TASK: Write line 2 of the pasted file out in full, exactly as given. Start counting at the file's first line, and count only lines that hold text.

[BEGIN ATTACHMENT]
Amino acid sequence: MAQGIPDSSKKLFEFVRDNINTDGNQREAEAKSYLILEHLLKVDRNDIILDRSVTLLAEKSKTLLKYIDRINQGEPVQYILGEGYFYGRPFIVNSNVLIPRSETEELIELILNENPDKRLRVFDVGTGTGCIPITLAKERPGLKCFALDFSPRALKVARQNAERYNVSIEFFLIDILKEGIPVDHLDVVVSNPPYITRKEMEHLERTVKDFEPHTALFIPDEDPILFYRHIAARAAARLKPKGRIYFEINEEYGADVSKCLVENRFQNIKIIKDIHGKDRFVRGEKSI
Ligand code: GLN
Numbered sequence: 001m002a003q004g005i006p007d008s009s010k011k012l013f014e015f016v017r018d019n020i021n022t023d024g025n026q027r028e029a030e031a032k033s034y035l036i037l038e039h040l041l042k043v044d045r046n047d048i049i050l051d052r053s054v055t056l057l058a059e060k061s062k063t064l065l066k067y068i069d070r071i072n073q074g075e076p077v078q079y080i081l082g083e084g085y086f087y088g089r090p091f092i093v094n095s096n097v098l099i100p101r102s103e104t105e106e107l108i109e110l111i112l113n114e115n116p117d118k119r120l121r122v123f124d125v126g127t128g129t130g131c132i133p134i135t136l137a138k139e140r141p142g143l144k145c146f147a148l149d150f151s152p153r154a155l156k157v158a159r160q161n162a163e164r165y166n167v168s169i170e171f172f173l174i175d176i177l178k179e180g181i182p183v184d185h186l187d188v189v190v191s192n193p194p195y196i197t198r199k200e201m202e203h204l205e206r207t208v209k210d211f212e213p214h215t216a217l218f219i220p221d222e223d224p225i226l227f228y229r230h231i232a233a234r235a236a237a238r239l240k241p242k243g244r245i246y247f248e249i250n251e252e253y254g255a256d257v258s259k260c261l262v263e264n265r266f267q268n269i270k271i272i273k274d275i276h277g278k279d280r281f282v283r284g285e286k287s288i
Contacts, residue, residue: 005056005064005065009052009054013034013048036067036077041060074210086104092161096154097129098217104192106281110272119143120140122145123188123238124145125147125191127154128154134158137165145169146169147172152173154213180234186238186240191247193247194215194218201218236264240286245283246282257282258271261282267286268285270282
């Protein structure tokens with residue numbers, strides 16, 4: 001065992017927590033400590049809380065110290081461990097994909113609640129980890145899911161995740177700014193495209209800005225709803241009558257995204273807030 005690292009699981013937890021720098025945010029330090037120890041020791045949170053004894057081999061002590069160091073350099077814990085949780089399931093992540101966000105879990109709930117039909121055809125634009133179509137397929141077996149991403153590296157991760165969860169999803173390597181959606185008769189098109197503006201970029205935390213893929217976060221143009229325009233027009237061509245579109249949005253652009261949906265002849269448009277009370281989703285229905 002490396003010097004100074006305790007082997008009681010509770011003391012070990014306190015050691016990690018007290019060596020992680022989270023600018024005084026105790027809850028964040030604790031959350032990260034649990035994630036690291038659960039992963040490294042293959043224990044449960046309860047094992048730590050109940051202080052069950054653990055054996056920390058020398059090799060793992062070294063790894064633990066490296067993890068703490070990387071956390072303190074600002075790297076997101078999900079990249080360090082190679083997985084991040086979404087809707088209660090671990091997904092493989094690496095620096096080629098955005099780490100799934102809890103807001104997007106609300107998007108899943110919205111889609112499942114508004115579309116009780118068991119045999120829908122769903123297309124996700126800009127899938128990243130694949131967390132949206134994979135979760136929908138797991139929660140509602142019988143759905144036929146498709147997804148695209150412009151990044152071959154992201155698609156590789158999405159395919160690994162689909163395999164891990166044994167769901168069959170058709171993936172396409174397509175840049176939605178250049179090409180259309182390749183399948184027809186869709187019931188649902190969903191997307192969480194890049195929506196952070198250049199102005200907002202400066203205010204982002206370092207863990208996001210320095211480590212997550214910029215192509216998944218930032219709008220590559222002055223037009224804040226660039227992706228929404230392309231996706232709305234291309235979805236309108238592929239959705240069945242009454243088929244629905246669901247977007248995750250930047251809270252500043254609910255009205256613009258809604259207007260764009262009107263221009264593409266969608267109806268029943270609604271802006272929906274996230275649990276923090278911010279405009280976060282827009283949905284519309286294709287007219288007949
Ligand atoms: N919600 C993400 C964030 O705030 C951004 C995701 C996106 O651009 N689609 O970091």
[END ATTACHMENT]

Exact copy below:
Ligand code: GLN